Executes ordinary non-Lua CS2D commands.
Everything behind the first semicolon (;) will be ignored. This is a security measurement in case you're using user input (like chat messages) with this command. You can change this behavior by setting Stop-At-Semicolon to 0.
A list of non-Lua CS2D commands is available here!
Note: In many cases you can simply include the wrapper to use ordinary non-Lua CS2D commands like Lua functions. Take a look at sys/lua/wrapper.lua for more information! Your resulting Lua code will be much easier to read if you use the wrapper!
Attention: Many people make mistakes when using the parse command. It needs a string as parameter. This can be difficult if you want to insert Lua variables into this string or if you are working with CS2D commands that have strings as parameters. Take a look at the examples!
Be very careful when using this command with user input. Users could use quotes or semicolons to change the way the script is parsed. This can allow them to execute their own commands or to manipulate parameters. Never set Stop-At-Semicolon to 0 if you are parsing a string which contains user input! Also validate all user input very carefully before using it with parse
Sample 1: Change the server name using Lua (note the usage of single quotes and double quotes to encapsule the 2 different strings)
parse('sv_name "Test Server"')
Sample 2: Using an integer variable with parse (note that two dots are used to concatenate the variable with the string. The two dots are a Lua operator)
Sample 3: Using a string variable with parse (note that additional double quotes are required for this case because the player name is a string parameter)
Sample 3 might be a bit confusing at the first look but we know that two dots concatenate 2 strings in Lua and we have 3 strings here:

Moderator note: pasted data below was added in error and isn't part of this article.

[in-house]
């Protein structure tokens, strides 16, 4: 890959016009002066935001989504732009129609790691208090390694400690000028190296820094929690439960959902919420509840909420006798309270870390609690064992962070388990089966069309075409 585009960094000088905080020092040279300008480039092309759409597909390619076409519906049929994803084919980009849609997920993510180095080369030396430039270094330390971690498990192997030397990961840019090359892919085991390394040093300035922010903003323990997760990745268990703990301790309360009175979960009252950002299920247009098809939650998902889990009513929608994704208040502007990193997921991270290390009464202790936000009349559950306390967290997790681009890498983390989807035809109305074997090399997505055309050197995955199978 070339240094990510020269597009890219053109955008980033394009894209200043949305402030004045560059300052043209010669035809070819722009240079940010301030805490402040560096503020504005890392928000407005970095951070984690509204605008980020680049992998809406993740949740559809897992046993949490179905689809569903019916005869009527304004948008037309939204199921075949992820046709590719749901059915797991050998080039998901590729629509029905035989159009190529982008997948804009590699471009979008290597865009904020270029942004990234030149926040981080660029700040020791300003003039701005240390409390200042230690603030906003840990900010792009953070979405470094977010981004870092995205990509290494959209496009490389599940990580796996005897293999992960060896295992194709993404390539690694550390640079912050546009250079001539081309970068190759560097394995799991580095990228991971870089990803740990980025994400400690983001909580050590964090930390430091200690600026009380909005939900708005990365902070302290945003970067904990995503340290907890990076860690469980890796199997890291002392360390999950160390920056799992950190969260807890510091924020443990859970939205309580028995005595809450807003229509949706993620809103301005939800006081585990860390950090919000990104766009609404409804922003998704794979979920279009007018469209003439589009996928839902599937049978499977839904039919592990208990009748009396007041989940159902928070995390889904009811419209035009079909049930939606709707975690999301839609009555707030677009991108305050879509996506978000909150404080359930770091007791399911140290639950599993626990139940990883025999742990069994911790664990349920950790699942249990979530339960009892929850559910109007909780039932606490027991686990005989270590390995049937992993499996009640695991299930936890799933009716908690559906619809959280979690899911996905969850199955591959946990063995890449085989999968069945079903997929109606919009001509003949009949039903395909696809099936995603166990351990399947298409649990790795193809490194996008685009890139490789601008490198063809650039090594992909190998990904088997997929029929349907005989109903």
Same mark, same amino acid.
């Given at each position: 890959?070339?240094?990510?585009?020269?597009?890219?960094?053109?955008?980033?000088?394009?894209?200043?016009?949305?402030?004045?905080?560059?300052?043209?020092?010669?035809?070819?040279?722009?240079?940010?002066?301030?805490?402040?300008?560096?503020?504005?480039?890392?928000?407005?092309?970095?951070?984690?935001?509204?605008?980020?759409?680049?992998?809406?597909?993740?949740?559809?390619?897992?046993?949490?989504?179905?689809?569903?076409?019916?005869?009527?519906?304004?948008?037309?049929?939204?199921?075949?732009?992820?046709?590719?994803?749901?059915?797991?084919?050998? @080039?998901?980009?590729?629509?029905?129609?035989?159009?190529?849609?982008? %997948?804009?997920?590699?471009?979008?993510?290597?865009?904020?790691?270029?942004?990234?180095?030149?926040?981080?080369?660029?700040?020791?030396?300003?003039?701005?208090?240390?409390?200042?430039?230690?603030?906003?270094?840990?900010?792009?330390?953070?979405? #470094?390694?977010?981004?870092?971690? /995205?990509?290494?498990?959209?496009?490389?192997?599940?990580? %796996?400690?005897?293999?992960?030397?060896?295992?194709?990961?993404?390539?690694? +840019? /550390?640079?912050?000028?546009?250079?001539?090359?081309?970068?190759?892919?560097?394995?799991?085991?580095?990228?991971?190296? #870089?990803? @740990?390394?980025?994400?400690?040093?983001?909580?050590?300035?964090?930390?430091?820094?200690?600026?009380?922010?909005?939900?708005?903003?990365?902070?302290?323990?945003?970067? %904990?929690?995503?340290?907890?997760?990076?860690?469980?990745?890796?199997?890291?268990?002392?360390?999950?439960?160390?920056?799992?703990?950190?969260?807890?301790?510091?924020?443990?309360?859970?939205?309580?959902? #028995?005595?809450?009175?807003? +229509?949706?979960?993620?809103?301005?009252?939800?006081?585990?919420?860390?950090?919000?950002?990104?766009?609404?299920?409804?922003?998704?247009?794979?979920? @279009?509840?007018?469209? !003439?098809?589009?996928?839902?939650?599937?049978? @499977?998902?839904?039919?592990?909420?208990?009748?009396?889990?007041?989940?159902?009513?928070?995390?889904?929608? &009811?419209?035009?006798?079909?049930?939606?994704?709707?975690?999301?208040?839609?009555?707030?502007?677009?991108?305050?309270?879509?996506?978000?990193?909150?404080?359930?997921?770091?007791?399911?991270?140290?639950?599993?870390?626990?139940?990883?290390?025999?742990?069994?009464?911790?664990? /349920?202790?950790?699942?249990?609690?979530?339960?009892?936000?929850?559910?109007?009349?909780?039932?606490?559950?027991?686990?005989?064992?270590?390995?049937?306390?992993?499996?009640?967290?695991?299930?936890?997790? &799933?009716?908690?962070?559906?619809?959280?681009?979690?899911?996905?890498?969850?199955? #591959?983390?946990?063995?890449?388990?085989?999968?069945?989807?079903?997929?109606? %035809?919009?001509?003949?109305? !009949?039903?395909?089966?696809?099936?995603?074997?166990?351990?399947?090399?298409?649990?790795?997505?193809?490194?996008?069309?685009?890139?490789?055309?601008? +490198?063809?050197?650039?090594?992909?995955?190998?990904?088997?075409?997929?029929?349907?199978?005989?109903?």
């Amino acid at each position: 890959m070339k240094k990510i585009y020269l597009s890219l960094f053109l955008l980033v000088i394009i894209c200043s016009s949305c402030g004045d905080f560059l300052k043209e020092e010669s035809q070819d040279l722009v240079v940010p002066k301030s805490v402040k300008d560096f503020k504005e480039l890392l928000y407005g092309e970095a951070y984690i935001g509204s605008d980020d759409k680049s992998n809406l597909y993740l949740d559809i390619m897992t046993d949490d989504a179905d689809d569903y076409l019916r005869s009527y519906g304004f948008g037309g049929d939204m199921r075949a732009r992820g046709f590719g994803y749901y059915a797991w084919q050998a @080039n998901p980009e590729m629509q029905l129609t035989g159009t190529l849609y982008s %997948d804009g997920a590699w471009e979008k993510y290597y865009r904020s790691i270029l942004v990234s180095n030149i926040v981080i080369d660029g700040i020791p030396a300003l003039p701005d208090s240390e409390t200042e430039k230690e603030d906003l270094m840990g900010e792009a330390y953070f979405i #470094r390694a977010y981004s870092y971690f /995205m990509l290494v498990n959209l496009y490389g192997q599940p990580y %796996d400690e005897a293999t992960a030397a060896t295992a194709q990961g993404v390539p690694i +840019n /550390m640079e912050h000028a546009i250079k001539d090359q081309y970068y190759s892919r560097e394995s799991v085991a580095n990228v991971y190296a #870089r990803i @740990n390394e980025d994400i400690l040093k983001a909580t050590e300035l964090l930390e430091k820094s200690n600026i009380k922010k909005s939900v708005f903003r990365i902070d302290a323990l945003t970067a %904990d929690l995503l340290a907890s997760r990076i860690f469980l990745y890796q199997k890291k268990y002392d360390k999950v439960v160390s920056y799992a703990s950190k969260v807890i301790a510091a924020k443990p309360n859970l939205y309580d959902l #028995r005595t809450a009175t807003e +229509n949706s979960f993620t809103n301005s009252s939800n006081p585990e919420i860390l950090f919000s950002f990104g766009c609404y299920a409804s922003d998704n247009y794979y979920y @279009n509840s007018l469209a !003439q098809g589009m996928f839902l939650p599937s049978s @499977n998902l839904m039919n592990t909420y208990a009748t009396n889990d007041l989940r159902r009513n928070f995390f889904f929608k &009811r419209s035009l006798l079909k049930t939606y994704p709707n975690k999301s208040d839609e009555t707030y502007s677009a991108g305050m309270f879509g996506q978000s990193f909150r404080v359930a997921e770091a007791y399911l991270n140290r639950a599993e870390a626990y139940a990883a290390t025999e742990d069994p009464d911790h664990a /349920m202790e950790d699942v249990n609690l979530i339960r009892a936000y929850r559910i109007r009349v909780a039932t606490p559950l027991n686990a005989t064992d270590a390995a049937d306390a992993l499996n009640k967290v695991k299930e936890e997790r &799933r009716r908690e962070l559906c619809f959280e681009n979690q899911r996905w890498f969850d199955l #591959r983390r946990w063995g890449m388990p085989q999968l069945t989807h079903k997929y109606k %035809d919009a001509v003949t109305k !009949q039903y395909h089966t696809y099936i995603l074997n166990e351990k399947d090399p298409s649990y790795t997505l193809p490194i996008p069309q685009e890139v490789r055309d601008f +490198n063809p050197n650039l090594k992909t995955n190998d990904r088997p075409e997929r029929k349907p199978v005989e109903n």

- 'banname "'
- username (which has the value Player)
- and '"'
so the resulting string is simply 'banname "Player"' (without the single quotes)
It is NOT 'banname ""Player""' because the double quotes in "Player" are NOT part of the variable value! They are just used to tell Lua where the string starts and ends. This is a working CS2D command. You could enter it in the console (without the single quotes of course).
Sample 4: Using multiple variables with parse
parse('setpos '..player..' '..xpos..' '..ypos)
The parameter in the code of sample 4 will be connected to the string 'setpos 1 5 3' - which works (note that parameters in CS2D console commands are separated with spaces and NOT with commas like it's done in Lua!)
Take a look at the file sys/lua/wrapper.lua in your CS2D folder for more examples on how to use parse!
If you have problems using parse
with complicated concatenated values you should use print
to show the resulting string. This way you can see if the value is correct and works in the CS2D console! To do so just replace parse